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November 8, 2004
Yerkes cuts ribbon to neuroscience building
BY Eric Rangus
The Neuroscience Research Facility at the Yerkes National Primate Research Center was dedicated Thursday, Oct. 28. Around 200 people, including Emory administrators, trustees and representatives from the Georgia Research Alliance, braved a late afternoon rain shower to celebrate the opening of Emory’s newest tool to foster further discoveries to improve human health.
“This is not just about buildings,” said Michael Johns, executive vice president for health affairs. “It’s about the science inside.” True enough, but those scientists fortunate enough to be working inside the new facility will find themselves in a state-of-the-art research center.
The $27 million, five-story building, connected to the main Yerkes facility by a bridge, provides 92,000 square feet of research space. Work in the facility will include research related
to cognitive development and decline; early-onset development disorders such as autism; aging-related, neurodegenerative diseases such as Alzheimer’s disease and memory loss; Parkinson’s
disease; and other neurological disorders.
The facility includes 39 behavioral labs, eight research labs and three anchor tenants: the Center for Behavioral Neuroscience (CBN), the brain imaging center and the PETNET center, where work is ongoing to research and develop new molecular probes to help doctors better diagnose, treat and monitor diseases such as Alzheimer’s and cancer. The center’s imaging suite will allow researchers to take hospital-quality positron imaging (PET) scans of nonhuman primates and rodents, which will significantly contribute to its cognitive research programs. The center can house up to 292 rhesus macaques and nine fourth-floor rooms will encompass the rodent vivarium.
“With the opening of this neuroscience research facility, Yerkes is well positioned to continue its tremendous growth—in research support work here, in the recruitment and training of neuroscientists, and in scientific discovery for the benefit of all,” said President Jim Wagner, one of five speakers on the afternoon.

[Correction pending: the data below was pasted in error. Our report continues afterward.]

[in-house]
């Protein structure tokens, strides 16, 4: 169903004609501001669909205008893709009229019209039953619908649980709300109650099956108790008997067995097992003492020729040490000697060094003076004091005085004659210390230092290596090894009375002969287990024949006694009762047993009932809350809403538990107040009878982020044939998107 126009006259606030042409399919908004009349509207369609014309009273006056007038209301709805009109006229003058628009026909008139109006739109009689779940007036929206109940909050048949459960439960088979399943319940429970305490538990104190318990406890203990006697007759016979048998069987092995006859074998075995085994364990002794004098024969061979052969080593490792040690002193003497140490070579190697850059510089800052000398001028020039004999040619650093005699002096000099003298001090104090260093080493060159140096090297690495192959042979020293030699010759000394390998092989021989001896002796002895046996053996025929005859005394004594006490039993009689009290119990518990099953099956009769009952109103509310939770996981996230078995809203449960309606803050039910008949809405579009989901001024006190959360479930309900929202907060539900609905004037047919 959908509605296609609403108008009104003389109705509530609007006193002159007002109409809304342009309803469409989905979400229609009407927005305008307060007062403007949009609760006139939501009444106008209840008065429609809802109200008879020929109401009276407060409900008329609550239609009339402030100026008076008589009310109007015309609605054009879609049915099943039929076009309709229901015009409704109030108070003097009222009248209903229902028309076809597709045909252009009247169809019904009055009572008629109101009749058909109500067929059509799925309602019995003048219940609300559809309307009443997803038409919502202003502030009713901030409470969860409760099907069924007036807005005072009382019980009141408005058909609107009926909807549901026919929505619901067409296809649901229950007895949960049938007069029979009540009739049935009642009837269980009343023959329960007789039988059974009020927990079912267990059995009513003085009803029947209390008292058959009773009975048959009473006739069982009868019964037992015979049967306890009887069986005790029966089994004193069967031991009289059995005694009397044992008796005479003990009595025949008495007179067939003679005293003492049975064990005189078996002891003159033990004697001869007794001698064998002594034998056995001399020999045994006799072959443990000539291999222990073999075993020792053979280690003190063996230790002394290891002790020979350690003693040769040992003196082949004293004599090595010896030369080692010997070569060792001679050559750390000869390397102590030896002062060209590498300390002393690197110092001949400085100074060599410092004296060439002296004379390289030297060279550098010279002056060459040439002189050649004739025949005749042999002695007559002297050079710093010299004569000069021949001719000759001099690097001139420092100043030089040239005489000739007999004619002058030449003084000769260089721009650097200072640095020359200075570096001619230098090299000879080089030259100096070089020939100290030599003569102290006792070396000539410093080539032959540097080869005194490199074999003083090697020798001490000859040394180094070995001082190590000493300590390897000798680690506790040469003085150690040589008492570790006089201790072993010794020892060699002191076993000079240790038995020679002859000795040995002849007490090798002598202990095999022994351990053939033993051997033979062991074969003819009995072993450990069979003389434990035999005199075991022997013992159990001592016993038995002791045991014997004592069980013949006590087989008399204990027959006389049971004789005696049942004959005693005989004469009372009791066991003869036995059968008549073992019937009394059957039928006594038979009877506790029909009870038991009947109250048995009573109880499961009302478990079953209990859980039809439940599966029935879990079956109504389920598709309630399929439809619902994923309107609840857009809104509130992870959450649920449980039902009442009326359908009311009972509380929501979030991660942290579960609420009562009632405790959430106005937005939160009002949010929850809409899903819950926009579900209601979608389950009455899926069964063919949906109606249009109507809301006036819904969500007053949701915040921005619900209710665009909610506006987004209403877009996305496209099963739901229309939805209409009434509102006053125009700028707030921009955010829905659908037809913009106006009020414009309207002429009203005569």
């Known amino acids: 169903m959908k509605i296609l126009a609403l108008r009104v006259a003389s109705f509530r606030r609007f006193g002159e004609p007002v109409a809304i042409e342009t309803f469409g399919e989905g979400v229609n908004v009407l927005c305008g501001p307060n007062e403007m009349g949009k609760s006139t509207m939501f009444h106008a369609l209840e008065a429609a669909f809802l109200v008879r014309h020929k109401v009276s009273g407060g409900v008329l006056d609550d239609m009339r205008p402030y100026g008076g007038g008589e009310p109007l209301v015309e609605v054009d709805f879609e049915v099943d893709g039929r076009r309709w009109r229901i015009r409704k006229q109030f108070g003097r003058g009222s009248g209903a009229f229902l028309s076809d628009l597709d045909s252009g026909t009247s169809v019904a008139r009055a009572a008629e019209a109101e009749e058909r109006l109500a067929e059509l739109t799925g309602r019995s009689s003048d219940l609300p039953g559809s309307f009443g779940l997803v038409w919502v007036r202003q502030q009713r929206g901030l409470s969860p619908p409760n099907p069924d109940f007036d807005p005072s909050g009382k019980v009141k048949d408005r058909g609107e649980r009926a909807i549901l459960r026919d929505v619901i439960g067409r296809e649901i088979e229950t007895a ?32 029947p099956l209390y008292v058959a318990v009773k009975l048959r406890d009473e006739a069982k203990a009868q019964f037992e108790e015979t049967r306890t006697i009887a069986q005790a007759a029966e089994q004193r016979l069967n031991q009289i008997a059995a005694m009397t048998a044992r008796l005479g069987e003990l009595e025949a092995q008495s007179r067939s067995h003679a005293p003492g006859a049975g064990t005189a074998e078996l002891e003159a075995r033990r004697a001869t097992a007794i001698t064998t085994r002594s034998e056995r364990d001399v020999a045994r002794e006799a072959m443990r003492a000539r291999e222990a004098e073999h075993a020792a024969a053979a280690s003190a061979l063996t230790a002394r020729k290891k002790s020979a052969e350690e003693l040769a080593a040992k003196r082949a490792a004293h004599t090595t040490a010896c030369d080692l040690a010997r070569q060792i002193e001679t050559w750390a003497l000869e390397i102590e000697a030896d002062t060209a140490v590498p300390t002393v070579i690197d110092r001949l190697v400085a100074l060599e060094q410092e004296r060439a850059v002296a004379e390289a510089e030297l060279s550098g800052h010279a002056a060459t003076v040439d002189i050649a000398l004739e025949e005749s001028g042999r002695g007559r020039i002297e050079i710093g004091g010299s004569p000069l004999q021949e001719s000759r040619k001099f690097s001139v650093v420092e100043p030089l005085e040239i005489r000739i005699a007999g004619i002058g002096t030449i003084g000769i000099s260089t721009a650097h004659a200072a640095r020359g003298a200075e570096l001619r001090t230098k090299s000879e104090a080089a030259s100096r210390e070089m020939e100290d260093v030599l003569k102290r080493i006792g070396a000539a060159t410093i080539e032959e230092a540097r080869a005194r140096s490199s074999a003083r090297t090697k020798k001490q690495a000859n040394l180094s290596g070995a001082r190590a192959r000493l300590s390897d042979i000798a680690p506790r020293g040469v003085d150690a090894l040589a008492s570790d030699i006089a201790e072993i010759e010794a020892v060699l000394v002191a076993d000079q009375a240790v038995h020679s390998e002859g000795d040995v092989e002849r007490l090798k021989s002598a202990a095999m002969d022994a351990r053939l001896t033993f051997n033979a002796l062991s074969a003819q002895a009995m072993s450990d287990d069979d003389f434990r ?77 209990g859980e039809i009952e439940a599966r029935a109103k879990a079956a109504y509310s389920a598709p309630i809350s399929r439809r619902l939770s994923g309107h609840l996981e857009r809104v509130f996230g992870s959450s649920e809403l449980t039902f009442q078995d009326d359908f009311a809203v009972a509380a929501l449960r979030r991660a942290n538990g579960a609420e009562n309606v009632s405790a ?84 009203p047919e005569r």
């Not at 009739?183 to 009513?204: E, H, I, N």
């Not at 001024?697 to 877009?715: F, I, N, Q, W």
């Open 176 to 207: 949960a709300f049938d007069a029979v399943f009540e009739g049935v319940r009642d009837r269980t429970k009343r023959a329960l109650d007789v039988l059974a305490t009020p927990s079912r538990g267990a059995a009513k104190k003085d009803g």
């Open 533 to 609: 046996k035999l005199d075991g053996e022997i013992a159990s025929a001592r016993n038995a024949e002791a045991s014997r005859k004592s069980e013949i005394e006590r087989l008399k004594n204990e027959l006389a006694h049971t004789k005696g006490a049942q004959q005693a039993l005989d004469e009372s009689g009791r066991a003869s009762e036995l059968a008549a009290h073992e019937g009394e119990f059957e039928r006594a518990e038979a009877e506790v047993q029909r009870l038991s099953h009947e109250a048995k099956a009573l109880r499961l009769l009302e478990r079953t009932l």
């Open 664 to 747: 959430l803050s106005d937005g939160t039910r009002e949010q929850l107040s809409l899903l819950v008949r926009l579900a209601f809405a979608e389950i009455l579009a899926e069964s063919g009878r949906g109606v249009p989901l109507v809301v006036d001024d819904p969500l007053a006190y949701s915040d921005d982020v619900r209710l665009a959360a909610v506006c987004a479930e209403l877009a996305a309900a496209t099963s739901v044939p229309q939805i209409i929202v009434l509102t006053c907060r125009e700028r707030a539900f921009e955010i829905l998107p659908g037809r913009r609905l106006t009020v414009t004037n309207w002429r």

Each of the ceremony’s speakers focused on the teamwork aspect of research and the important role the new center, and Yerkes in general, play in Emory’s wider research responsibilities.
“Numerous faculty here at Yerkes have either their primary or joint appointments in the School of Medicine,” said medical school Dean Thomas Lawley. “The Vaccine Center located just behind you is one of the largest academic vaccine centers in the world, with leading experts in microbiology and immunology, infectious diseases, virology and animal research.”
“This bridge is meant to be more than symbolic,” said Yerkes Director Stuart Zola, referring to the walkway connecting the center to the main Yerkes building, which includes the Vaccine Center and several other areas. “It’s important to join these people and their work.”
“Emory is one of our most valuable partners,” said Mike Cassidy, president and chief executive officer of the Georgia Research Alliance, a nonprofit partnership of Georgia’s research universities (including Emory and five others), business community and state government devoted to economic development. “I have every confidence the investment we are making in Yerkes, its neuroscience facility and the CBN will be among our most successful accomplishments.”
One thing is certain—the new center has become one of the campus’ most sought-after addresses. “All of the offices are already filled,” Zola said. “There is no more space for any more scientists. We really are a destination university. We are a place where people want to be.”
Following the ribbon cutting, many of those in attendance were given tours of the new facility and had the opportunity to speak with several Yerkes researchers.